For whatever reason, the use of us or we is a total deal breaker for me. It is something I cannot abide as a viewer. It stands out and distracts from the experience more than anything else a broadcaster could do. Distracting the viewer is an unforgivable sin, as far as I am concerned. Be a homer or wear your heart on your sleeve, just don’t take away from the show. Again: nobody is here to listen to you, friend.

In keeping with the crowdsourcing nature of Mr. Cistulli’s research, I’m interested to learn what you like/dislike about the booth covering your favorite team. Do you wish they were more homerish, getting more excited for runs and plays while expressing disdain for the opposition? Is just plain old listenability the biggest determining factor?

Comments (14)

  1. Hawk Harrelson the worst.

  2. The “we” and “us” used to grate my nerves. I’m a former journalist, and was taught to show no bias whatsoever. The change for me came when I stopped thinking of home team broadcasters as journalists, but rather as entertainers.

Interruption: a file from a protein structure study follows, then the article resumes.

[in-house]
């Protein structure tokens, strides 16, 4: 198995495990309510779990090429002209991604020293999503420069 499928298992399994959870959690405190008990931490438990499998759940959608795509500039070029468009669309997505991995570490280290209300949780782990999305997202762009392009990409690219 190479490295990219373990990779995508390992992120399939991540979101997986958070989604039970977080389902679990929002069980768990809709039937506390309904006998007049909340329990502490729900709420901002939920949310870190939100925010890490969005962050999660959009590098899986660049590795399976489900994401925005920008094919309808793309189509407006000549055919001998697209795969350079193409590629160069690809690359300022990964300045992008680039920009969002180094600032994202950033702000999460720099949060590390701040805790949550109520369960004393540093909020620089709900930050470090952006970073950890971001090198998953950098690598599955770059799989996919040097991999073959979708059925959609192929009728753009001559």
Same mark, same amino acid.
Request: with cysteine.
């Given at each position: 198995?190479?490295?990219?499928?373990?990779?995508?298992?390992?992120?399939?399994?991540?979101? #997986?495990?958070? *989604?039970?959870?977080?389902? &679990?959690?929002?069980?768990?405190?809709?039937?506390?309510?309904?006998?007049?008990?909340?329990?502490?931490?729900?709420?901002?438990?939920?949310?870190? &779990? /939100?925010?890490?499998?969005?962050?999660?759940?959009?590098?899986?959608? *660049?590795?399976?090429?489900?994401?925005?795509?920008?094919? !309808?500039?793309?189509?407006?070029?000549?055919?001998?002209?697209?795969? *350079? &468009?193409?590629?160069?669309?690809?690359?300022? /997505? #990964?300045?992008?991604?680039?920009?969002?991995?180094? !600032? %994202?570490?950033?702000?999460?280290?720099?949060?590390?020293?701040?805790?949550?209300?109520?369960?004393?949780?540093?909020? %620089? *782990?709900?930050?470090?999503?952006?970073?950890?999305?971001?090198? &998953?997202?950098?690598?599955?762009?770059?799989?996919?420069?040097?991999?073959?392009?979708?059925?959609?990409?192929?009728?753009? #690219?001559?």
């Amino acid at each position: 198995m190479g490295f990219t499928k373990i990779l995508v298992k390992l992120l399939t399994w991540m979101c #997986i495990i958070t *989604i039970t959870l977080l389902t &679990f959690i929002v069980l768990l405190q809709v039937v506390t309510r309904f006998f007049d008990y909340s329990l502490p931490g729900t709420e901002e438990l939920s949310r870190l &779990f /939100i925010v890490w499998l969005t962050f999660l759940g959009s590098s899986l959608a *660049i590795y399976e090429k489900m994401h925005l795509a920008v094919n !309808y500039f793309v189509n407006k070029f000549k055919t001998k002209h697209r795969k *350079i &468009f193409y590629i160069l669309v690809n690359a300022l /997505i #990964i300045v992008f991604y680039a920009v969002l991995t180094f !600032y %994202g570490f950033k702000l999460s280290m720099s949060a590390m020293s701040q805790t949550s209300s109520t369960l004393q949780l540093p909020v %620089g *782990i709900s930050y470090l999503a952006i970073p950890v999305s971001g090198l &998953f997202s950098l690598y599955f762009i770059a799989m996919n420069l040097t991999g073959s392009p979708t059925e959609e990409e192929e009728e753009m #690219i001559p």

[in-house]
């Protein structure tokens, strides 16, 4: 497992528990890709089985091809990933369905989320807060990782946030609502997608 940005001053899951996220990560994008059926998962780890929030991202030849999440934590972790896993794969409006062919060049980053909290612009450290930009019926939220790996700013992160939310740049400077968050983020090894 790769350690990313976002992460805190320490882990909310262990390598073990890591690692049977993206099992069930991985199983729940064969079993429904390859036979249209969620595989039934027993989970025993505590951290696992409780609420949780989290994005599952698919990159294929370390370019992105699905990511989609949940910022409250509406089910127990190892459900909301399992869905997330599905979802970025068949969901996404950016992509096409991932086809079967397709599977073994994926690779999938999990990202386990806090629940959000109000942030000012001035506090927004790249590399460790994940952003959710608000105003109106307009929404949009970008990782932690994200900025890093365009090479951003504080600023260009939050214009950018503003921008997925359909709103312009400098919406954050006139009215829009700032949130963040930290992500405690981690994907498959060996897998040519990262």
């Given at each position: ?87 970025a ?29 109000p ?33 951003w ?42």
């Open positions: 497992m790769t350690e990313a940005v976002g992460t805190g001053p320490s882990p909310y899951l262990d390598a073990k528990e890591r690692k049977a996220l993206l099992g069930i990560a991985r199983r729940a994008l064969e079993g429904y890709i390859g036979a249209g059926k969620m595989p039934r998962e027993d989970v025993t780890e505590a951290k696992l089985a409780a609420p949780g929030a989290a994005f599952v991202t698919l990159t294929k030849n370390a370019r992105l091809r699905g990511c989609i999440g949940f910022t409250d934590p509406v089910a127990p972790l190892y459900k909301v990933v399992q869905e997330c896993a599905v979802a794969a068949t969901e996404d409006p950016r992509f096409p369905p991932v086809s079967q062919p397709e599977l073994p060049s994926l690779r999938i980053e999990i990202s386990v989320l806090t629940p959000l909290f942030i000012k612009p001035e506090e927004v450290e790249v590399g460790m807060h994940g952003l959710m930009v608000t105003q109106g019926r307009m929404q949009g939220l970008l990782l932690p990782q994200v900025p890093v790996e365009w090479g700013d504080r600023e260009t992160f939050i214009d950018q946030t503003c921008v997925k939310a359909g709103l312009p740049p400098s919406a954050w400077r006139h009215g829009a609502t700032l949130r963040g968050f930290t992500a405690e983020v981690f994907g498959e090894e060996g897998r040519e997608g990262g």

“We” and “us” doesn’t bother me any more, but hearing “I’d like to see step into one right here,” still puts me off.

  3. Scully is the G.O.A.T. I also like Bob Uecker. I’m a Mariners fan and Dave Sims is pretty good, but his partner in crime Mike Blowers is an idiot

    • Ralph Kiner for the Mets back in the 90′s was great. He and Vin Scully had voices and stories that could melt you like butter! I know this year Gary, Ron and Keith had old Ralph back in the booth for part of 1 game telling stories…with those three listening to Ralph like young kids idolizing their dad.

  4. Unless its a Dodgers game I just mute the TV.